Then the question arises “how should we express our vision for community without boxing it in with a community charter”? What does “community” mean? Would a distinction between common purse community and non-CP community be welcome within this?

        • Let each group work out what they mean, and foster sharing, generosity, purity, practical love generally, and not worry about definitions. A giving people will share, care for the needy, move in faith, run enterprises, etc etc, and let’s just call it church.

          • I see. So you’re saying it’s unnecessary to define “our” corporate vision for community as it should be plural “visions”, each group working out what community should look like for them, following God’s lead to them. Yup?

          • Yes that’s about it. A bit paradoxical, because community is our distinctive, but bolting it down to one definition makes it immediately elitist. It’s really about working out Jesus’ command to love in practise, and that can be done in many forms of community. Our franchise style 3 model turns out not to be ideal in the long run, not least because it relegates everyone else to second class. So somehow we need to still major in (a diversity of) community without making community an idol and a cause of corporate pride and self promotion. It should be just normal church, seen by neighbours as attractive rather than as those strange people behind walls in big houses. And so on.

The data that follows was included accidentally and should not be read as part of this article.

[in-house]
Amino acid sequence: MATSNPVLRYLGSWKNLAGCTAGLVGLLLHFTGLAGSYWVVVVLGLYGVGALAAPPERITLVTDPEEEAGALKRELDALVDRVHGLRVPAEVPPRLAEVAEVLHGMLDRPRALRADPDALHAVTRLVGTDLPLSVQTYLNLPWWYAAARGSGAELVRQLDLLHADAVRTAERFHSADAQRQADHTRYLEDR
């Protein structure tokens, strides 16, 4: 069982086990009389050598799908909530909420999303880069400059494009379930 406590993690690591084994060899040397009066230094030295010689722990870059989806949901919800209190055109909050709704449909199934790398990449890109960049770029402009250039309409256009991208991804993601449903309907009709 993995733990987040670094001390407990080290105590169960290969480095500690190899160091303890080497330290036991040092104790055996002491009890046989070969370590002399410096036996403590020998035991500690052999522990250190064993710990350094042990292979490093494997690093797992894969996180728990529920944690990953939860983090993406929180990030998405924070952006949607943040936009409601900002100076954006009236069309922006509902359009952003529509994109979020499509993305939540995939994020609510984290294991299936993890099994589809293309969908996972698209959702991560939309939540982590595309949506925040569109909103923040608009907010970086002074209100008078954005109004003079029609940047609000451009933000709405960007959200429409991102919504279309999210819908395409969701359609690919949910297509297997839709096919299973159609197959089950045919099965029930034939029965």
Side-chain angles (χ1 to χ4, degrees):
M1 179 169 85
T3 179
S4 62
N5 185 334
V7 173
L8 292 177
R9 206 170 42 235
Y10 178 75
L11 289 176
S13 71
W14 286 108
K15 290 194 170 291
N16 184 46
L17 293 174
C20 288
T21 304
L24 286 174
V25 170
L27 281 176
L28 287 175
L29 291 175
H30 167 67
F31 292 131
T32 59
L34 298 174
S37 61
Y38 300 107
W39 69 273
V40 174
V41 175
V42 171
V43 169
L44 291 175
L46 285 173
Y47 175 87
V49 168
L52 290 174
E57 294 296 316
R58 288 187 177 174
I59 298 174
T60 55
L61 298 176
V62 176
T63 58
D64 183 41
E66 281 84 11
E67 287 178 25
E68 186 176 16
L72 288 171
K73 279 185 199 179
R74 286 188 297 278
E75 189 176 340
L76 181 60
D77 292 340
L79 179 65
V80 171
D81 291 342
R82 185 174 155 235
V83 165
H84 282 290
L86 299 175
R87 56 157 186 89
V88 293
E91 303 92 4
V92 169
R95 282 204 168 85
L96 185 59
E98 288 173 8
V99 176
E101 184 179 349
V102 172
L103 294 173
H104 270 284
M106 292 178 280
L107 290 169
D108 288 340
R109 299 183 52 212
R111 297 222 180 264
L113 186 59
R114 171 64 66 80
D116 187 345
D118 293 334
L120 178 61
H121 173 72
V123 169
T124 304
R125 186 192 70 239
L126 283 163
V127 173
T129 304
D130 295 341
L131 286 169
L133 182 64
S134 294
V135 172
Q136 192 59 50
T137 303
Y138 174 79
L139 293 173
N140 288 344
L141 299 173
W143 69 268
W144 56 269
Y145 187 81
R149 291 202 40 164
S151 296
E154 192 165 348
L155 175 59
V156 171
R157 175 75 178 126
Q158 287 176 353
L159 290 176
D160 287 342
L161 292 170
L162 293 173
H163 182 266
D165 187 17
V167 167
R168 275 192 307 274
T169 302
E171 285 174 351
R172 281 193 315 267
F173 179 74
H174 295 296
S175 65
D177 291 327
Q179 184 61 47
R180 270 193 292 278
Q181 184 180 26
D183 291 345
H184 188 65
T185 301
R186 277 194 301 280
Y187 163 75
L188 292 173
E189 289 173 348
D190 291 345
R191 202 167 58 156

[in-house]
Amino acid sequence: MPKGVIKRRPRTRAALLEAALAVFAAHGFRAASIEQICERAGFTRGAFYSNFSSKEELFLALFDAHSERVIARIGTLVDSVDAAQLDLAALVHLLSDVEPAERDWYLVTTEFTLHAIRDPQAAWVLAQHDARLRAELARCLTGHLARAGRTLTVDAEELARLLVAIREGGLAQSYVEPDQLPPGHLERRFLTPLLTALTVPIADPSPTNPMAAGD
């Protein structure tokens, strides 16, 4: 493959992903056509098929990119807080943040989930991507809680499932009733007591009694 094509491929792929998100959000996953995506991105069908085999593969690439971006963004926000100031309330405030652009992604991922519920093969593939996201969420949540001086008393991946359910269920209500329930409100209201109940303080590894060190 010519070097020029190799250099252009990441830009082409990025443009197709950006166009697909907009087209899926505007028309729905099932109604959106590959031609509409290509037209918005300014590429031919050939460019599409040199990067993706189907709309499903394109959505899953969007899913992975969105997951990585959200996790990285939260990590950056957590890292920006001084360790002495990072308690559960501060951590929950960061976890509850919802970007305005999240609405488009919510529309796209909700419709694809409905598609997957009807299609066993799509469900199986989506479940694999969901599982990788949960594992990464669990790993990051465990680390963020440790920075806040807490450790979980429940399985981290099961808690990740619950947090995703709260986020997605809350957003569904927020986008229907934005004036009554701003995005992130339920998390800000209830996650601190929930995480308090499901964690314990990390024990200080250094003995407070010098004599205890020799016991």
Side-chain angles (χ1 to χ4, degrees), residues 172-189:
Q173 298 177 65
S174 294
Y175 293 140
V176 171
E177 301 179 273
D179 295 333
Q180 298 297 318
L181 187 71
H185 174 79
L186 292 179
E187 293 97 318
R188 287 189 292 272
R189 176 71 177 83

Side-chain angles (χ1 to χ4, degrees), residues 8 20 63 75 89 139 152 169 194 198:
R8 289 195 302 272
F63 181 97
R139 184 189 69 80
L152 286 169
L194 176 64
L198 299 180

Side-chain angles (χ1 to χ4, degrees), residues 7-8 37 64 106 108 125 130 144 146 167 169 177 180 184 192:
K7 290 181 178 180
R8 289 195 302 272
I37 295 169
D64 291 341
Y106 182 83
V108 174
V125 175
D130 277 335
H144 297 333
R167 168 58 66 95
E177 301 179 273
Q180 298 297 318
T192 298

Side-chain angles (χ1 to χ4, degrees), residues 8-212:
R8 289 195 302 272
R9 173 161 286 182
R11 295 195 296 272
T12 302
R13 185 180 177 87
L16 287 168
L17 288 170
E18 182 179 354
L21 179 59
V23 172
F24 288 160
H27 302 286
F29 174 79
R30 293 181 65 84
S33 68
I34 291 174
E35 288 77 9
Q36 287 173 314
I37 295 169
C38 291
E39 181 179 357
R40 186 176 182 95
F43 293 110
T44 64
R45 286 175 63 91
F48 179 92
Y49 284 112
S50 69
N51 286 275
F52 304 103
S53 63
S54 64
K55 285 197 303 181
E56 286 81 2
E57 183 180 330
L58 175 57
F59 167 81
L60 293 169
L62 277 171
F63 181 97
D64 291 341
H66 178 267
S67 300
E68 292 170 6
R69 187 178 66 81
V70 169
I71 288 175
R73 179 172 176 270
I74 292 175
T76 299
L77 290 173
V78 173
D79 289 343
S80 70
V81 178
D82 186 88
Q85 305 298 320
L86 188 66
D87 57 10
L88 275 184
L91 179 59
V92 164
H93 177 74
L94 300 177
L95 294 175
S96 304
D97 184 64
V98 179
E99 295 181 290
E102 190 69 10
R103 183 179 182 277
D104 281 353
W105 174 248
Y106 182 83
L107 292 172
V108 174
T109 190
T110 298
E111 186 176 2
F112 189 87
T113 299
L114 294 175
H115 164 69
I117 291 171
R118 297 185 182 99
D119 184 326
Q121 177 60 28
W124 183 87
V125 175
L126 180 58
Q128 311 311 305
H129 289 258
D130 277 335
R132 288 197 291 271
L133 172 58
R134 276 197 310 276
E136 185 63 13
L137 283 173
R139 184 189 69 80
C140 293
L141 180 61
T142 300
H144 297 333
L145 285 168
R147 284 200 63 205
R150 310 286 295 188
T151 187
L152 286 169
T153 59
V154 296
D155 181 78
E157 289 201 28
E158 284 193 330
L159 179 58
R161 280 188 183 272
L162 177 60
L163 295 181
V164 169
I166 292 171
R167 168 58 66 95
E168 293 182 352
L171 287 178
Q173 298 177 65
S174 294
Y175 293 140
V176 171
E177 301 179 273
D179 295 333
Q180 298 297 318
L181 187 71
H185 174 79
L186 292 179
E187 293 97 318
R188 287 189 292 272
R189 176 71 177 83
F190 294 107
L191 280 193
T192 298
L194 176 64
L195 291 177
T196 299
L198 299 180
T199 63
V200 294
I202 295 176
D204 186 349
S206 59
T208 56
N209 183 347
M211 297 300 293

• Yeah, something more descriptive the prescriptive, like the examples I offered at the end of my Forward post on the future of Christian Community http://forward.jesus.org.uk/2015/12/04/future-of-christian-community/

  • wayne

    john wimber was told by God that he would be a viceroy for him.he was not called to be in community. acts chapter 2 is ok to defend your type of church community lifestyle,but remember,God has a separate load of callings for each new believer…otherwise he would have never used Derek Prince and many more others as worldwide as he did.

  • Oliver CSM

    “Community is love”
    Hmm…. interesting.
    I am often thinking about community and often my thoughts turn to aspects of it like the UK welfare state, international trade, parishes, and my own home where I live with my wife Lin and a small black cat with an unusually long tail.

    I reckon there are two types of community, or two sides of one coin. There is a literal community – a group of people living behind the same wall – and an actual community – a group of people who actually cooperate.
    I don’t see that love can describe a literal community, so you must be referring to an actual community.
    Certainly it’s orthodox to say that the Holy Trinity is a community, and that God is love, so from a scholastic point of view the assertion is proven.
    Could we mean just that community is a consequence of love? I don’t think anyone will disagree. Or do we say love is what community actually is? Perhaps we can say love is the substance of community, and then the qualities of the various and varying forms of actual community we see are the accidents. I think that must be right, for surely the substance of the body of Christ is the substance of Christ. Cool.
    🙂